1 less than 2%
2 2% to 4.9%
3 5% to 9.9%
4 10% to 14.9%
5 15% to 24.9%
6 25% to 34.9%
7 35% or over
8 No Data

Female Genital Mutilation / Cutting in Africa

What does it mean ?

Female Genital Mutilation / Cutting (FGM / C) refers to all procedures involving partial or total removal of the female external genitalia or other injury to the female genital organs for non-medical reasons. Prevalence of FGM / C is the percentage of all women aged 15-49 years who have undergone FGM.

Why does it matter ?

FGM / C is a violation of the rights of girls and women and is considered a form of gender-based violence. It is associated with serious adverse short and long term health consequences including pain, bleeding, infection and birth complications. Data on the practice is needed to evaluate the impact of policies and legislation and monitor progress toward elimination, which is included as a target for Sustainable Development Goal 5: to achieve gender equality and empower all women and girls. Target 5.3: by 2030 "eliminate all harmful practices, such as early, forced and child marriage, and female genital mutilation."

How is it collected ?

Most data on FGM / C is self-reported and collected retrospectively from large scale, nationally representative surveys such as Demographic and Health (DHS) or Multiple Indicator Cluster Surveys (MICS).

Unicef datasets most recent available data
http://data.unicef.org/child-protection/fgmc.html Accessed 15th August 2016

Births by Caesarean Section

What does it mean ?

This indicator shows the number of births by caesarean section relative to all births. Birth by caesarean section requires specialist health worker skills, an operating theatre and availability of specific drugs and medical products.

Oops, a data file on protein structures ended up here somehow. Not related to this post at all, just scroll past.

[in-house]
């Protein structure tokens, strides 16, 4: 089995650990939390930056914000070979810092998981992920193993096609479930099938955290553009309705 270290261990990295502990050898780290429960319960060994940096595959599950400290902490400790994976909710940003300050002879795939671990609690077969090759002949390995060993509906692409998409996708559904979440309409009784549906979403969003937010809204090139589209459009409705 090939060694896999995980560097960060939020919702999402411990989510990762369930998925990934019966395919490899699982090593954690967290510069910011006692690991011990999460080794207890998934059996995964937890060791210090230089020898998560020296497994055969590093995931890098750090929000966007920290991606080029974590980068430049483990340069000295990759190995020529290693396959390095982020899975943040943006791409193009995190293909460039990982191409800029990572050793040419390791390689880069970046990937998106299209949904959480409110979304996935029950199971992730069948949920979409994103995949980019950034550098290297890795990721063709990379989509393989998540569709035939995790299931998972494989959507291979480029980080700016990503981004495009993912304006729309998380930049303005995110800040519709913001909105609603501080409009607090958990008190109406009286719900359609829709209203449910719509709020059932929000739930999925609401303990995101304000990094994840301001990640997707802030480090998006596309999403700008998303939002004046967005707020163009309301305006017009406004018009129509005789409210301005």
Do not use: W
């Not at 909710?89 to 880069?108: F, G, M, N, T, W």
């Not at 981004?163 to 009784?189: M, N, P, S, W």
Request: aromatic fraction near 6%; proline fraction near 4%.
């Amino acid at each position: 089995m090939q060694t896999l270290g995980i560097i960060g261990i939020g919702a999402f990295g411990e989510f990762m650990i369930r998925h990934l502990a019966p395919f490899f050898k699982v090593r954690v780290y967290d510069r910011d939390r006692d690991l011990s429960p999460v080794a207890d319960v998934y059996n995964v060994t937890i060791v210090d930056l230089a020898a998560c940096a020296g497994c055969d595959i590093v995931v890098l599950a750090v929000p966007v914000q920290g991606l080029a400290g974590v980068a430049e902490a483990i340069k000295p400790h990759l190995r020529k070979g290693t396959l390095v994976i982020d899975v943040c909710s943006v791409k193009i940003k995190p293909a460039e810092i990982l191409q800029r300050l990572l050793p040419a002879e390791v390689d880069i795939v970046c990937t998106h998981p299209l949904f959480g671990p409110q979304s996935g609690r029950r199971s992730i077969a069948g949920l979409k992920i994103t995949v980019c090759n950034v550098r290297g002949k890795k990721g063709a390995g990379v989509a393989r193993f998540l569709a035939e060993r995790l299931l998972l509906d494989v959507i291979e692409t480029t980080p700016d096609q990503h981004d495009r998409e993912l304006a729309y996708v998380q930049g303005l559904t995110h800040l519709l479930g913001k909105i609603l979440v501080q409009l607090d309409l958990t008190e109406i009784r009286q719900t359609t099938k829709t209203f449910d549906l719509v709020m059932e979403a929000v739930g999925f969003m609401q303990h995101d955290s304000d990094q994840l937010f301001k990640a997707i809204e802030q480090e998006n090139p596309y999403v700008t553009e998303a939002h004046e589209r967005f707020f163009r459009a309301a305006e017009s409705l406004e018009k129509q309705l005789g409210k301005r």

Why does it matter ?

All pregnancies are associated with risk and when medically justified, a caesarean section can prevent maternal and perinatal mortality and morbidity. However, because any surgery carries risk of complications, caesarean sections should not be performed unless it is medically required. According to the World Health Organisation, about 10-15 % of all births require delivery by caesarean section. As such, caesarean section rates lower than 10% indicates under-use and caesarean section rates over 15 % indicate over-use. Because birth by caesarean section requires specialist medical skills and health services, this indicators is sometimes used as a proxy indicator to measure the availability of quality of maternal health services in countries where data from health information systems and health facility surveys are limited.

How is it collected ?

Data on the percent of birth by caesarean section is usually derived from large scale, nationally representative surveys such as Demographic and Health (DHS) and Multiple Indicator Cluster Surveys (MICS), other national surveys. DHS/ MICS are household surveys where women are asked if they have given birth (usually in the last three or five years) and the circumstances surrounding the birth including if they had a caesarean section.

"The Increasing Trend in Caesarean Section Rates: Global, Regional and National Estimates: 1990-2014" BetrĂ¡n, A., et al. PLoS One. 2016; 11(2): http://www.ncbi.nlm.nih.gov/pmc/articles/PMC4743929/